One of the cooler features for the Tesla Model X SUV that was announced when the vehicle launched last year is “Bioweapon Defence Mode.”
Effectively, this turns cabin air filtration up to 11, according to Tesla. CEO Elon Musk touted the feature prominently at the Model X launch presentation, perhaps because in polluted China — a big potential growth market for Tesla — major-league air-cleansing will be a huge selling point.
Tesla claims that BWDM will scrub the Model X’s biosphere to hospital grade.
Naturally, in a short test of the Model X this week in fragrant Manhattan, we wanted to see what would happen when we engaged the feature.
There’s nothing to it. You push a virtual button on Tesla’s large center touch screen.
But … would alarms sound? Would lights start flashing, like they do when the Starship Enterprise goes on red alert? Would the voice of the navigation system say “Bioweapon Defence Mode engaged!”
Actually, none of that stuff happened.
In fact, absolutely nothing occurred. Total silence.
The four occupants of the Model X, two of them Tesla employees, took deep, cleansing, yoga-style breaths.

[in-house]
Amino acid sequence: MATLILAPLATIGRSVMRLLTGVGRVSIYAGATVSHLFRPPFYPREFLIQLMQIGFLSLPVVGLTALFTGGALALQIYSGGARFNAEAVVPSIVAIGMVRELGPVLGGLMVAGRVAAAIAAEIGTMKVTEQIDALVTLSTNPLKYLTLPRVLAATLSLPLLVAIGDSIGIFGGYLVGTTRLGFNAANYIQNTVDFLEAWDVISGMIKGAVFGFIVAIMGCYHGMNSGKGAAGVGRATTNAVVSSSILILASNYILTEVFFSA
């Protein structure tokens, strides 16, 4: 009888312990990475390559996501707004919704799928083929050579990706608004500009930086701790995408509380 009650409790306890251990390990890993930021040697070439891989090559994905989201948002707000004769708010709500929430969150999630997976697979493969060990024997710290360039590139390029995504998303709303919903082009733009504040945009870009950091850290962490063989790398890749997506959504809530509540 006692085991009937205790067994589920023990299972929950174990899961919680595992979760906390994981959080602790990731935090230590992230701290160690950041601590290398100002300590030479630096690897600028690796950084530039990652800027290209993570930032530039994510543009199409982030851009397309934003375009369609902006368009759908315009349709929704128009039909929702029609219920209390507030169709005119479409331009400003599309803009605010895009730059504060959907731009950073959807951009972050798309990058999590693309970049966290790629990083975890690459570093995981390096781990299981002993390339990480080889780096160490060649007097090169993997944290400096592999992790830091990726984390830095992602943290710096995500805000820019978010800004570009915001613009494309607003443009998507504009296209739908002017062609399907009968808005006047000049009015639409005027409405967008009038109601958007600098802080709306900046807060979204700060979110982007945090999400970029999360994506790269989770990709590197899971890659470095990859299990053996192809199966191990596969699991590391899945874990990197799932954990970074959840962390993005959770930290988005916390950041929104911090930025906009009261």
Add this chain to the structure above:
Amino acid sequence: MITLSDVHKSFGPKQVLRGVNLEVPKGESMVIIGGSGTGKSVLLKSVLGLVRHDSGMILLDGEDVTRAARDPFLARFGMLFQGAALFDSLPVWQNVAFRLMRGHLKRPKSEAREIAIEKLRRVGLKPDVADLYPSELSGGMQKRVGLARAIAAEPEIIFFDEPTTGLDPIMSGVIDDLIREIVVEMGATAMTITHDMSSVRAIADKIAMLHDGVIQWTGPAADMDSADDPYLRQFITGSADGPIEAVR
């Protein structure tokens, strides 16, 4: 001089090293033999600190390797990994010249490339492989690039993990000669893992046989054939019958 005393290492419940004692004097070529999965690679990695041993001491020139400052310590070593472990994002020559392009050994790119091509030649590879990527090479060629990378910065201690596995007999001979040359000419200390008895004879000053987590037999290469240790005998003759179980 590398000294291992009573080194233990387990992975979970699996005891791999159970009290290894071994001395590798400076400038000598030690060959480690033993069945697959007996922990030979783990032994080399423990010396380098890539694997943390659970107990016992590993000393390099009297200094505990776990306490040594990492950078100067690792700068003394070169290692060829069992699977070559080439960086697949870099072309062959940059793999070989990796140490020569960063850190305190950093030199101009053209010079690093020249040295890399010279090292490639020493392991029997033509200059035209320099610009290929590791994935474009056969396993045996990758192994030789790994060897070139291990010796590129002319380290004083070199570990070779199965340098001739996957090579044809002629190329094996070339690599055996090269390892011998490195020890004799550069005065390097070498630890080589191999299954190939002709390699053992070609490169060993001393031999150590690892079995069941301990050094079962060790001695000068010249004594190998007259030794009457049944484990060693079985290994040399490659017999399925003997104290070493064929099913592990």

I felt a sense of calm wash over me. In the middle of near-total gridlock.
I don’t know if it had anything to do with Bioweapons Defence Mode, however. Presumably, if the Model X were being attacked with bioweapons, there would not be a sense of calm. But it just was a rainy morning in New York City. The only stress was being provided by delivery trucks and cabs.
Still, Business Insider’s Benjamin Zhang, in the back seat, said that he couldn’t smell Manhattan anymore.
Some experts have expressed scepticism that BWDM can protect occupants from ALL contaminants, but on paper it should do an effective job of cutting down on what people encounter every day when driving around big cities.
But nothing crazy happens when you switch it on.
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